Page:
Fear and Loathing Among the 1%ers
Usually a lower tier presidential candidate hopes to make it to at least the first primary or two, or when the money runs out, whichever comes first. This cycle though, the DNC has finally decided to winnow down the baseball team-sized field of Democratic Nominee hopefuls by September of this year:
To appear in the first and second debates in June and July, candidates must poll at least 1% and have received donations from 65,000 donors with a minimum of 200 in at least 20 states. It will be even more challenging to qualify for the third debate: candidates will need to reach at least 2% in the polls and will need 130,000 individual donors with a minimum of 400 in at least 20 states.
The list of approved pollsters will change for the third debate. Not only will candidates need to hit 2% from four, rather than three, polls, but also Reuters and Las Vegas Review Journal have been removed from the list. The list still includes a range of other pollsters including the Associated Press, the major broadcast networks, New York Times, NPR, Wall Street Journal, Washington Post, and Quinnipiac University. Only polls published between June 28 and August 28 will count toward qualifying for the September debate.
With the first debates coming up on June 26 and 27, 21 candidates have qualified despite the DNC saying the cap will be 20, so someone is going to be done by the end of June. The kicker for the 1%ers is that none of them are going to be included in the Sept debates, and only the polling data from June 28 and August 28 as compiled by the Associated Press, the major broadcast networks, New York Times, NPR, Wall Street Journal, Washington Post, and Quinnipiac University counts. The candidates have to be 2% in four of those to make the cut, along with fundraising numbers that are up to standards.
If that cut were to happen by today’s numbers, the field goes from 23 to 8-10 quickly.
Frankly, this was needed. The DNC has bizarrely decided to use a random slotting method of mixing the candidates into two groups of ten for the twin first debates, almost assuring the top candidates are not bunched together. But the size of the field was doing no one any favors, and we have seen these large debates which turn into 90 second soundbite fests. At least by September the herd will be culled to those that are least semi-serious campaigns.
There will be cries of unfairness but they should be ignored. If you have to make an intricate argument why you should be the 14th included person you aren’t making a difference anyway. Time and attention is the most precious commodity in a presidential campaign, and if you doubt what coverage can do all you have to reflect on is the $5B in free media the current occupant of the White House received that turned him from joke candidate descending a golden escalator to juggernaut in a matter of weeks. And on that note, it would do well for folks to remember that in a very crowded Republican field, by this time in 2015 Trump held a polling lead that he would never relinquish.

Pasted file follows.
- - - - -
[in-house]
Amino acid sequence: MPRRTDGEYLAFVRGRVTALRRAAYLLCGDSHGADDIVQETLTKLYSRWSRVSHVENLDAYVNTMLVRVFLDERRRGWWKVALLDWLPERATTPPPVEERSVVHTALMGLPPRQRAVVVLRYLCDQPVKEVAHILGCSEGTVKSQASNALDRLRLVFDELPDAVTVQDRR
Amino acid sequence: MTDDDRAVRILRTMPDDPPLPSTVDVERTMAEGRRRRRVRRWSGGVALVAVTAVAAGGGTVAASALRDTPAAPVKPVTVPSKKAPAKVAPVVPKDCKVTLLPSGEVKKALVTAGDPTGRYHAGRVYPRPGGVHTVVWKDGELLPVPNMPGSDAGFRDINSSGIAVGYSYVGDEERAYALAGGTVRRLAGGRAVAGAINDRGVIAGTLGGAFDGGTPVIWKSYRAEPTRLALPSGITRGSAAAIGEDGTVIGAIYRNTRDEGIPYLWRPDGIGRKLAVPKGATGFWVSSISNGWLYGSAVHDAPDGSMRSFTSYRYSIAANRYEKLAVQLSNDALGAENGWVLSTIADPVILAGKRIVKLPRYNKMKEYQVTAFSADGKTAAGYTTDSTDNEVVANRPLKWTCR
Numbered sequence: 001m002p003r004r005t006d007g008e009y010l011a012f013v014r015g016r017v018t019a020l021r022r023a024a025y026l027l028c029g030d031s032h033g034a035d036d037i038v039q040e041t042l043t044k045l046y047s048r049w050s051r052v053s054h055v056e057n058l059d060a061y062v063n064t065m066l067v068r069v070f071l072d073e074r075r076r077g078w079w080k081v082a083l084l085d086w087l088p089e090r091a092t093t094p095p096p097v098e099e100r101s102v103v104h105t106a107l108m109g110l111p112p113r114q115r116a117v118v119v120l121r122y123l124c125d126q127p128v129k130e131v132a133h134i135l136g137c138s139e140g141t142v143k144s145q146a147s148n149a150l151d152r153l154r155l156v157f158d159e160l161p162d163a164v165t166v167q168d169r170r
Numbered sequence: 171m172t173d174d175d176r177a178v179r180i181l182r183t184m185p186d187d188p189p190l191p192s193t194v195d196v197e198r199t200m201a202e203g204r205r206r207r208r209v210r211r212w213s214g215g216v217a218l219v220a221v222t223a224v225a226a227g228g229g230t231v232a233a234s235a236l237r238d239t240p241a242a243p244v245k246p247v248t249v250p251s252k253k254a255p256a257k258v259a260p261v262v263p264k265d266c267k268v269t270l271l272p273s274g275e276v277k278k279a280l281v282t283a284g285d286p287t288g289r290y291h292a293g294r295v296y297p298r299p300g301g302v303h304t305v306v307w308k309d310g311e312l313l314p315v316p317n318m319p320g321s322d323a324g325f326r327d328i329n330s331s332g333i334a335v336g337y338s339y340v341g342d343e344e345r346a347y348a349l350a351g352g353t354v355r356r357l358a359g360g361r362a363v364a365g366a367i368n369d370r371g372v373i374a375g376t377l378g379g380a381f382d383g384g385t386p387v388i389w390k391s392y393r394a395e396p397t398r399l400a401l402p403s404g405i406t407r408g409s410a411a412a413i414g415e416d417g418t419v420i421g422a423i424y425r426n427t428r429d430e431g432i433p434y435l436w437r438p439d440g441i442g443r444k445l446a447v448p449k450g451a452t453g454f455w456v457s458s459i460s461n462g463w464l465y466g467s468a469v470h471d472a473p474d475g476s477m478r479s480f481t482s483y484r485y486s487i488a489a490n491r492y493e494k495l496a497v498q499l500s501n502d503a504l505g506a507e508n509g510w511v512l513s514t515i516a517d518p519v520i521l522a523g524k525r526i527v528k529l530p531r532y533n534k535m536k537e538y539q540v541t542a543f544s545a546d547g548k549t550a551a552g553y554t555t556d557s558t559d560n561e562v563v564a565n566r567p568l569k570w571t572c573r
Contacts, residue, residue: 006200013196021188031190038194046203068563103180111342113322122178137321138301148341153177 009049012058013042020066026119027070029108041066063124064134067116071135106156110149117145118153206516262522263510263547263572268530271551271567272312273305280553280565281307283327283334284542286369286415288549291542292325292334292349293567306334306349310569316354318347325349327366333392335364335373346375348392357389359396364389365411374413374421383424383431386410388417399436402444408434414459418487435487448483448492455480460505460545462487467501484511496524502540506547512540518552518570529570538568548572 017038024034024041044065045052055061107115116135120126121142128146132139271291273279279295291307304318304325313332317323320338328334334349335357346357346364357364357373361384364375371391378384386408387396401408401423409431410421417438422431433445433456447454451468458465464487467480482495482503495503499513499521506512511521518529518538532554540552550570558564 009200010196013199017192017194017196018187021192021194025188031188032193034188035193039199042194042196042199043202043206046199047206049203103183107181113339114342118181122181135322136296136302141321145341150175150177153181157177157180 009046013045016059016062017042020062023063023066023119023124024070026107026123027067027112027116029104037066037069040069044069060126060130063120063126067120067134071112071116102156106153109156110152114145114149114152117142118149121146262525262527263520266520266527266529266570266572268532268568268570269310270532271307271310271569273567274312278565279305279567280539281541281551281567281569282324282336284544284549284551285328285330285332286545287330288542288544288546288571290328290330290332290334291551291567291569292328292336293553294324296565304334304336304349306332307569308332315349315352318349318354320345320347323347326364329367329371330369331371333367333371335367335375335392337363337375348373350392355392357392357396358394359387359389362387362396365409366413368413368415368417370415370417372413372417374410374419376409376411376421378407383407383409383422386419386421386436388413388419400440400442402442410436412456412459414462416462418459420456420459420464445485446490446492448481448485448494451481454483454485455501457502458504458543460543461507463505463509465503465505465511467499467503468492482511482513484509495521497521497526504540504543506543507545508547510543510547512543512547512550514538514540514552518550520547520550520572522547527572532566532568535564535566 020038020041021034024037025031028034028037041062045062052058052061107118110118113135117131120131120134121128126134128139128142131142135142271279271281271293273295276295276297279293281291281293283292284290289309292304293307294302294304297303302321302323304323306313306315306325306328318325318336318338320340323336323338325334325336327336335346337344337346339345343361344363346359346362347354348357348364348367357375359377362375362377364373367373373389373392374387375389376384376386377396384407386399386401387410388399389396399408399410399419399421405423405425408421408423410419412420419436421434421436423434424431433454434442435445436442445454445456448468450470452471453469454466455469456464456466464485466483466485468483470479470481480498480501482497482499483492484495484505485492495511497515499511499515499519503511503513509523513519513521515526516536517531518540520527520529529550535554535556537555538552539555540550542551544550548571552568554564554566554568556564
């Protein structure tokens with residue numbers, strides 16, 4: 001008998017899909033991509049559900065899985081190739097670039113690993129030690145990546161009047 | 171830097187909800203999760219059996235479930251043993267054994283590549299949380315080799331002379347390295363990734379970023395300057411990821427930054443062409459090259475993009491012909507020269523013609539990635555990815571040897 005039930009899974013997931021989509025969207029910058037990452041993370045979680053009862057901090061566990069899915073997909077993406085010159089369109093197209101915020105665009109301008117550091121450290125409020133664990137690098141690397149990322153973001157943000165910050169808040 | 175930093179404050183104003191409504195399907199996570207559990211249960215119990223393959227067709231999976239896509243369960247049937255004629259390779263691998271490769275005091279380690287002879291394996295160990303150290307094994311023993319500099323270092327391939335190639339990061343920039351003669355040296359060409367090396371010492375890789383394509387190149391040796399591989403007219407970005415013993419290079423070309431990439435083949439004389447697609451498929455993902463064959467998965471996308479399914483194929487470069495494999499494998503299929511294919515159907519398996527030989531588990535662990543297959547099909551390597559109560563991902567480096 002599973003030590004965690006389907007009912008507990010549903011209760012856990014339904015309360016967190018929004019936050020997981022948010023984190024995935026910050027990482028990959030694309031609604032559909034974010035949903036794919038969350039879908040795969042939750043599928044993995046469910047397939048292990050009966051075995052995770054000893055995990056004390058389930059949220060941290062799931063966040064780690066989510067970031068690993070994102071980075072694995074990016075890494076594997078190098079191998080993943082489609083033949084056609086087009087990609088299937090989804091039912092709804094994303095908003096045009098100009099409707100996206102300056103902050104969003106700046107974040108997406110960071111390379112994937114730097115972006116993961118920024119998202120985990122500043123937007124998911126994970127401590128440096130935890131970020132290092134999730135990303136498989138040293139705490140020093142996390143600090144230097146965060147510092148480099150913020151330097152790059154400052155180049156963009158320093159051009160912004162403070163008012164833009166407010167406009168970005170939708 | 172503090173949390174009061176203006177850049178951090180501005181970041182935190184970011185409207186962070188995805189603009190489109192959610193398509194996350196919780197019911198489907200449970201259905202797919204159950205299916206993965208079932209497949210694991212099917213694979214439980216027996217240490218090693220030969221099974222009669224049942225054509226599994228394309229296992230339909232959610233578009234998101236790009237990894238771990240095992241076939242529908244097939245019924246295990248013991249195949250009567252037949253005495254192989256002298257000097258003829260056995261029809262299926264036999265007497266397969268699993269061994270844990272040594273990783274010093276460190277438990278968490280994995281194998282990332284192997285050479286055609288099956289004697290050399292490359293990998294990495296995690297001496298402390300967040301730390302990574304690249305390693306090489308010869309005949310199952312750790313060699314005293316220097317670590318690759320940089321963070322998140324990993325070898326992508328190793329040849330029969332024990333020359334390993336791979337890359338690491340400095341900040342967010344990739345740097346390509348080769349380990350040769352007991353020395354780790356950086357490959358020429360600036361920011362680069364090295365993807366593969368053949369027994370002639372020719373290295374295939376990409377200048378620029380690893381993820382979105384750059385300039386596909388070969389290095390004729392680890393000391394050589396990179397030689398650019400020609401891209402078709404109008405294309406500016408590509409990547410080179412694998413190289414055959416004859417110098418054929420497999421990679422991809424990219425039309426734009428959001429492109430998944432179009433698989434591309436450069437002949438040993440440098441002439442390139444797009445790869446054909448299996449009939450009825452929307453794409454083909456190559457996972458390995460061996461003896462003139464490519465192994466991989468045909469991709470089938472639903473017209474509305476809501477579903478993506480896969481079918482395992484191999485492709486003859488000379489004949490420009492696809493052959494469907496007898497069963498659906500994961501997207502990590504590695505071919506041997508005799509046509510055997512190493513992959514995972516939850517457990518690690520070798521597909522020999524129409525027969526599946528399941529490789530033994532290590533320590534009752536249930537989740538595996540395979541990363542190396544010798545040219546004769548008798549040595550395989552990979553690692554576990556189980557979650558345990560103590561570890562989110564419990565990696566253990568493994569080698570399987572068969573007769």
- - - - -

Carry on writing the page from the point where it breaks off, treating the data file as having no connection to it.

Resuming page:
That brings the focus squarely on Joe Biden and Bernie Sanders. The problem with the large first debates is, as we saw with the Republicans in 2016, the cattle call debates leave little room for focused fire in any direction. Barring a major gaffe or scandal, it is hard to see how anyone makes much headway against the top tier candidates. As Nate Silver points out, usually there are one or two who get a bump out of the debates, but who?
Of course, odds are that at least one of the candidates currently in what I think of as the third tier — that is, everyone behind O’Rourke, Klobuchar and Booker — will have surged by the time we get to September, most likely based on their performance in the first two debates. It’s probably a fool’s errand to guess at the most likely surgers, but I’m a fool so let’s run the errand. My wild guess is: Kirsten Gillibrand and Jay Inslee.
As discussed here, I tend to see debates as resetting the race toward the “fundamentals.” In particular, they tend to reset or reverse media narratives, which can often drive short-term surges or slumps in the polls. So one view on which candidates are most likely to be helped are those that have reasonably good credentials, but who have been underachieving so far because they’re ignored by the media or are getting largely negative coverage. My list of underachieving candidates — the ones where I really can’t figure out why they’re not doing better — is headlined by Gillibrand, Inslee and Castro.
Historically he is right, but I doubt the candidates. Gillibrand has not just struggled but utterly floundered, despite a launch, a re-launch, and several attempts to gain traction. The whispers of her unofficially having been blackballed by the party powers that be for her role in the Al Franken deposing might have something to do with it, but she has done little inspiring since either of her launch events. Castro has been virtually invisible so far, and Inslee is running almost singularly on the environment, which doesn’t bode well for breaking out in a field where his views are pretty orthodox.
But someone will shine through, if for no other reason than there must be some kind of “X breakout performance” for the chattering class to discuss the next day. Biden vs Bernie will need a third to make the shadows of Sanders vs Clinton Part 2 go away, so someone will benefit. The question is who. But what we do know, with the new rules, the 1%ers won’t be around to get the chance.